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35m Sprint Speed Test

Testing and measurement are the means of collecting information upon which subsequent performance evaluations and decisions are made. In the analysis, we need to bear in mind the factors that may influence the results.


The objective of the sprint speed test is to assess the athlete's sprint acceleration.

Required Resources

To conduct this test, you will require:

  • Flat non-slip surface
  • Measuring tape
  • Stopwatch
  • Cones
  • Assistant

How to conduct the test

This test requires the athlete to conduct 3 x 35 metres time trails.

  • The athlete warms up for 10 minutes
  • The assistant marks a 35 metres straight section with cones
  • The athlete takes up a sprint start position
  • The assistant gives the commands “On Your Marks, Set, GO” and starts the stopwatch
  • The athlete sprints the 35 metres
  • The assistance stops the stopwatch when the athlete's torso crosses the finishing line and records the time
  • The athlete conducts 3 x 35metre sprints with a 5-minute recovery between each sprint
  • The assistant uses the fastest time to assess the athlete's performance


The following normative data is available for this test.

The following table provides ratings for the 35m sprint test (Arkinstall et al. 2010)[1]

Rating Male Female
Excellent < 4.80 < 5.30
Good 4.80 - 5.09 5.30 - 5.59
Average 5.10 - 5.29 5.60 - 5.89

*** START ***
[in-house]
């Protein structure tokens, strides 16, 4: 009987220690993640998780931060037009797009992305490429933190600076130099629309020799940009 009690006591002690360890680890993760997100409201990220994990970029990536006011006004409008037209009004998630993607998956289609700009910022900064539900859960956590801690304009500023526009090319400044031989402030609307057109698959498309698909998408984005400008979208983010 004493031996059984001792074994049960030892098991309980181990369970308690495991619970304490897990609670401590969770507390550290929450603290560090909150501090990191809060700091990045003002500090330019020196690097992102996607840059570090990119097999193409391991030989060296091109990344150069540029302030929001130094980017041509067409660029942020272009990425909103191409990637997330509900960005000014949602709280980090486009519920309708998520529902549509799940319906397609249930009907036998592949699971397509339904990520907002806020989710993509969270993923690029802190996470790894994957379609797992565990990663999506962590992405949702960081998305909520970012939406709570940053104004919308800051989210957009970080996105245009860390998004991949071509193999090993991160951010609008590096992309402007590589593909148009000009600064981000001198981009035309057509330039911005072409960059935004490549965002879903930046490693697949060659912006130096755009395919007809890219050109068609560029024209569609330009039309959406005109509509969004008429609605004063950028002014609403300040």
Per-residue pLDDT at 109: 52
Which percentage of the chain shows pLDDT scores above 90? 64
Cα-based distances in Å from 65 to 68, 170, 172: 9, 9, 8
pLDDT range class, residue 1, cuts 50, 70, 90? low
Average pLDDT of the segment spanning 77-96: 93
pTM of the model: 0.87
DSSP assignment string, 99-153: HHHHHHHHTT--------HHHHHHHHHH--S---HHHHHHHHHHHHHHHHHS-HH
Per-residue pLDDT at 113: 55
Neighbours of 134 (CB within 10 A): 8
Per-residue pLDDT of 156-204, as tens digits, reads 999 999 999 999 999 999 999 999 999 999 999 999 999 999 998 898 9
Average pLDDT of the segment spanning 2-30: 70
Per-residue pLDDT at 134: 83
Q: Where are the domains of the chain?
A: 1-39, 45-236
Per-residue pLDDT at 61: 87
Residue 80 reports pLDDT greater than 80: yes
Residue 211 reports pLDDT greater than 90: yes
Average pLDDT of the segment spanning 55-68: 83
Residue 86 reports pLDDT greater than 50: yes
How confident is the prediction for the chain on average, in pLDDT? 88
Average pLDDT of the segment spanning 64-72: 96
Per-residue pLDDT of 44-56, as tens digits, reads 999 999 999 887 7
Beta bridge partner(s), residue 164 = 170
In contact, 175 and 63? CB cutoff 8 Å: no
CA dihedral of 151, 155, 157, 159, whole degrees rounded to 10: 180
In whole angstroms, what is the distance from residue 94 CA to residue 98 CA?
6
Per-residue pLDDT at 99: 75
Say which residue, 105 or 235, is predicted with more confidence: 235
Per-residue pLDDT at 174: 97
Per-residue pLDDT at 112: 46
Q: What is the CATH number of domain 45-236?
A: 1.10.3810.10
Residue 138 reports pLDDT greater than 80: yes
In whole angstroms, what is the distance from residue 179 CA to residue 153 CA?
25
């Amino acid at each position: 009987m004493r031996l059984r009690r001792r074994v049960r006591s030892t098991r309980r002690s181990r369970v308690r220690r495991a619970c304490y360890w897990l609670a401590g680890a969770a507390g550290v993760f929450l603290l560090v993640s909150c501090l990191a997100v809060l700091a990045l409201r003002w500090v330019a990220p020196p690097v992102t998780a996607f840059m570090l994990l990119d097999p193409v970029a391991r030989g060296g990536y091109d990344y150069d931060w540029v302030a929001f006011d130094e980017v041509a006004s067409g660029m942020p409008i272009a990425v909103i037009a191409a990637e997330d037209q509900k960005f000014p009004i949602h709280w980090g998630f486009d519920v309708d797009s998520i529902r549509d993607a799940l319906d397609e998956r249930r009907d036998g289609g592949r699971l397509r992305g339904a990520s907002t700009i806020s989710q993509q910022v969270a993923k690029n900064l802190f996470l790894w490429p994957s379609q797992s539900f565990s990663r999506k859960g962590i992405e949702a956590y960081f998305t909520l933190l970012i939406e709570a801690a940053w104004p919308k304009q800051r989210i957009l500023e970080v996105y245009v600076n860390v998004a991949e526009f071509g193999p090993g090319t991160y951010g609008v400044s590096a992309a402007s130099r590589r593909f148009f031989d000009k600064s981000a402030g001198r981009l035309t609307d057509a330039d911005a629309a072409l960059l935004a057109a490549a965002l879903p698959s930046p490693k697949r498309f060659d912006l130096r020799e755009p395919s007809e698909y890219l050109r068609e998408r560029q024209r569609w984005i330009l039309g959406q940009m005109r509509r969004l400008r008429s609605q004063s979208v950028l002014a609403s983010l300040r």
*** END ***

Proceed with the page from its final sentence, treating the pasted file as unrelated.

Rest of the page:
Fair 5.30 - 5.60 5.90 - 6.20
Poor > 5.60 > 6.20

For an evaluation of the athlete's performance, select their gender, enter their best 35 metres time and then select the 'Calculate' button.

Gender Best time seconds     Assessment -


Analysis of the test result is by comparing it with the athlete's previous results for this test. It is expected that, with appropriate training between each test, the analysis would indicate an improvement in the athlete's sprint acceleration.

Target Group

This test is suitable for active athletes but not for individuals where the test would be contraindicated.


Test reliability refers to the degree to which a test is consistent and stable in measuring what it is intended to measure. Reliability will depend upon how strict the test is conducted and the individual's level of motivation to perform the test. The following link provides a variety of factors that may influence the results and therefore, test reliability.


Test validity refers to the degree to which the test measures what it claims to measure and the extent to which inferences, conclusions, and decisions made based on test scores are appropriate and meaningful. This test provides a means to monitor the effect of training on the athlete's physical development.


  • Minimal equipment required
  • Simple to set up and conduct
  • Can be conducted almost anywhere


  • Specific facilities required - non-slip surface
  • Assistant required to administer the test


  1. ARKINSTALL, M et al. (2010) VCE Physical Education 2. Malaysia: Macmillian. p.250

Related References

The following references provide additional information on this topic:

  • KUMAR, A. and KATHAYAT, L. B. (2014) A Study of Speed, Power & Fatigue Index of Cricket Players. Journal of Exercise Science and Physiotherapy, 10 (1), p. 21-24
  • ANDRADE, M. et al. (n.d.) Training and Testing II. In WORLD CONFERENCE ON SCIENCE AND SOCCER 4.0, p. 93
  • PARADISIS, G. P. et al. (2013) Changes in Leg Strength and Kinematics with Uphill-Downhill Sprint Training. International Journal of Sports Science and Coaching, 8 (3), p. 543-556

Page Reference

If you quote information from this page in your work, then the reference for this page is:

  • MACKENZIE, B. (2005) 35m Sprint Speed Test [WWW] Available from: [Accessed

Related Pages

The following Sports Coach pages provide additional information on this topic: